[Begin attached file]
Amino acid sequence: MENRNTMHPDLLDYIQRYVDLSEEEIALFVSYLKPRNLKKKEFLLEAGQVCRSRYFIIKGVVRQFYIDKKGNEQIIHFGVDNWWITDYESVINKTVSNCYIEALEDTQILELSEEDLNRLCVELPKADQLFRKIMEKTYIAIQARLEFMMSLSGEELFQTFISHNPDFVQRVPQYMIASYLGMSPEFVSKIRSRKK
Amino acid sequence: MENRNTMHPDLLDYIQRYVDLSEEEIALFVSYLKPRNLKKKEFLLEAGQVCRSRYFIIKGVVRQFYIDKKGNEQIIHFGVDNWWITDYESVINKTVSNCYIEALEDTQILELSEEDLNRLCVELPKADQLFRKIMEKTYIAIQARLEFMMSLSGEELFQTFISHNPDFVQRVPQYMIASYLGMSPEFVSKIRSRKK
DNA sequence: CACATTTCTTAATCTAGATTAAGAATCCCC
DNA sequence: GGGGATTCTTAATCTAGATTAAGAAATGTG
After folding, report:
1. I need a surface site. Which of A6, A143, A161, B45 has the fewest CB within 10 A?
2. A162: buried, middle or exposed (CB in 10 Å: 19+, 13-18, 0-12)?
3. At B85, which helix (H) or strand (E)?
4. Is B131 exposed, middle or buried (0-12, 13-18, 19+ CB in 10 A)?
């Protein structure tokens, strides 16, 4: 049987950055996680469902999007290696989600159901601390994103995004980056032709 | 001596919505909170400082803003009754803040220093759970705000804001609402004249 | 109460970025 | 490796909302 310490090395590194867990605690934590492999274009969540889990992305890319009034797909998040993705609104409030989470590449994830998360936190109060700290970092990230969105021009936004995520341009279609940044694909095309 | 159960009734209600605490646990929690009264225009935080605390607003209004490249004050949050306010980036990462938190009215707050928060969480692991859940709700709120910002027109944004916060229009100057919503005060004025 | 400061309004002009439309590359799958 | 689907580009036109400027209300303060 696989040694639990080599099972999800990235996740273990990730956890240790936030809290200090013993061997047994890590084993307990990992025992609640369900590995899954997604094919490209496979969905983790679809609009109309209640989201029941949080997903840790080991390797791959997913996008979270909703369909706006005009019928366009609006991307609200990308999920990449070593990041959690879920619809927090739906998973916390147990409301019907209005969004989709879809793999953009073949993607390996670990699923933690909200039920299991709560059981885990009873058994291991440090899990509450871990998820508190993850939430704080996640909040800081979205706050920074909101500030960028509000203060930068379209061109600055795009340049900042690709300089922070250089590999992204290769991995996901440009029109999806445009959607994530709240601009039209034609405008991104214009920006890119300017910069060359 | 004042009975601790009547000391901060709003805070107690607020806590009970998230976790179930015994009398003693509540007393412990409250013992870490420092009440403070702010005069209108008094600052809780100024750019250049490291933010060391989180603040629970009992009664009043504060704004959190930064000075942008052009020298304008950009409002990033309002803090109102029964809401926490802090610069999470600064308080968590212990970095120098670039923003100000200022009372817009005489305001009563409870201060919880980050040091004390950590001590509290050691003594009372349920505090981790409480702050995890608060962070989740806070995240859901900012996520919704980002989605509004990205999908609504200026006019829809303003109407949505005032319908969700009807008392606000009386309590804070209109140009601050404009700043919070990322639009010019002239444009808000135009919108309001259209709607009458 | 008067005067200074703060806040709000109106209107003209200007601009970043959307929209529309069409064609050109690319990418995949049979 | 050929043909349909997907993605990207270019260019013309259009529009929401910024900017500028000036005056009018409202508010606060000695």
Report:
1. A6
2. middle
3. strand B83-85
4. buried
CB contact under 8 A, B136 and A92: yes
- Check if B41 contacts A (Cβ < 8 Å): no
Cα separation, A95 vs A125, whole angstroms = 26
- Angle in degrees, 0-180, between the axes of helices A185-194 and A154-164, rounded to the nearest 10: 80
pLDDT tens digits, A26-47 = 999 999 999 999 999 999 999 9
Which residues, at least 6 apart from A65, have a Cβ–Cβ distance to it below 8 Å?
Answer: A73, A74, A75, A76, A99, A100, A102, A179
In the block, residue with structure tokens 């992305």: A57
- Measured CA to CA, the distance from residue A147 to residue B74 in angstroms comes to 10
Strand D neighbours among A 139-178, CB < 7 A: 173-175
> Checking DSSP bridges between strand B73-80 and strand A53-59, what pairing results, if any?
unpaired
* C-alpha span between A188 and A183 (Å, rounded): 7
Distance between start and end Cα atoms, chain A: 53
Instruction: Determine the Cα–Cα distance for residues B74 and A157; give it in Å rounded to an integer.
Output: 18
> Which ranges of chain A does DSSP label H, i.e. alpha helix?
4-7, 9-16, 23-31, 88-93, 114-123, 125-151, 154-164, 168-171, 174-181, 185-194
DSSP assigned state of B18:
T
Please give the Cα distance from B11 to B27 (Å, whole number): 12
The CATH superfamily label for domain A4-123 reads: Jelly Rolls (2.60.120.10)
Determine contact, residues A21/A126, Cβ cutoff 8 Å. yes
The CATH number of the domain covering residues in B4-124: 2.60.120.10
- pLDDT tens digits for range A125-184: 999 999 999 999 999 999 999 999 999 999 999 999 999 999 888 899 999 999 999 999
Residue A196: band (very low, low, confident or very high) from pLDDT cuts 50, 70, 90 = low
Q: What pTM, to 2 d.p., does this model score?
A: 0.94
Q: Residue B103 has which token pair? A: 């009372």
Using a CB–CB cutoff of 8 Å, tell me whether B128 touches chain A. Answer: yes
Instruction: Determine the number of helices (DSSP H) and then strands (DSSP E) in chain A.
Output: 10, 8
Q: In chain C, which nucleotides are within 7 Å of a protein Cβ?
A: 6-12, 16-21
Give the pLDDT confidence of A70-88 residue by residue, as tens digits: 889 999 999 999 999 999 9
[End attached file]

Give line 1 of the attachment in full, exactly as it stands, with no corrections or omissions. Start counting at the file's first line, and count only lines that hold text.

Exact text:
Amino acid sequence: MENRNTMHPDLLDYIQRYVDLSEEEIALFVSYLKPRNLKKKEFLLEAGQVCRSRYFIIKGVVRQFYIDKKGNEQIIHFGVDNWWITDYESVINKTVSNCYIEALEDTQILELSEEDLNRLCVELPKADQLFRKIMEKTYIAIQARLEFMMSLSGEELFQTFISHNPDFVQRVPQYMIASYLGMSPEFVSKIRSRKK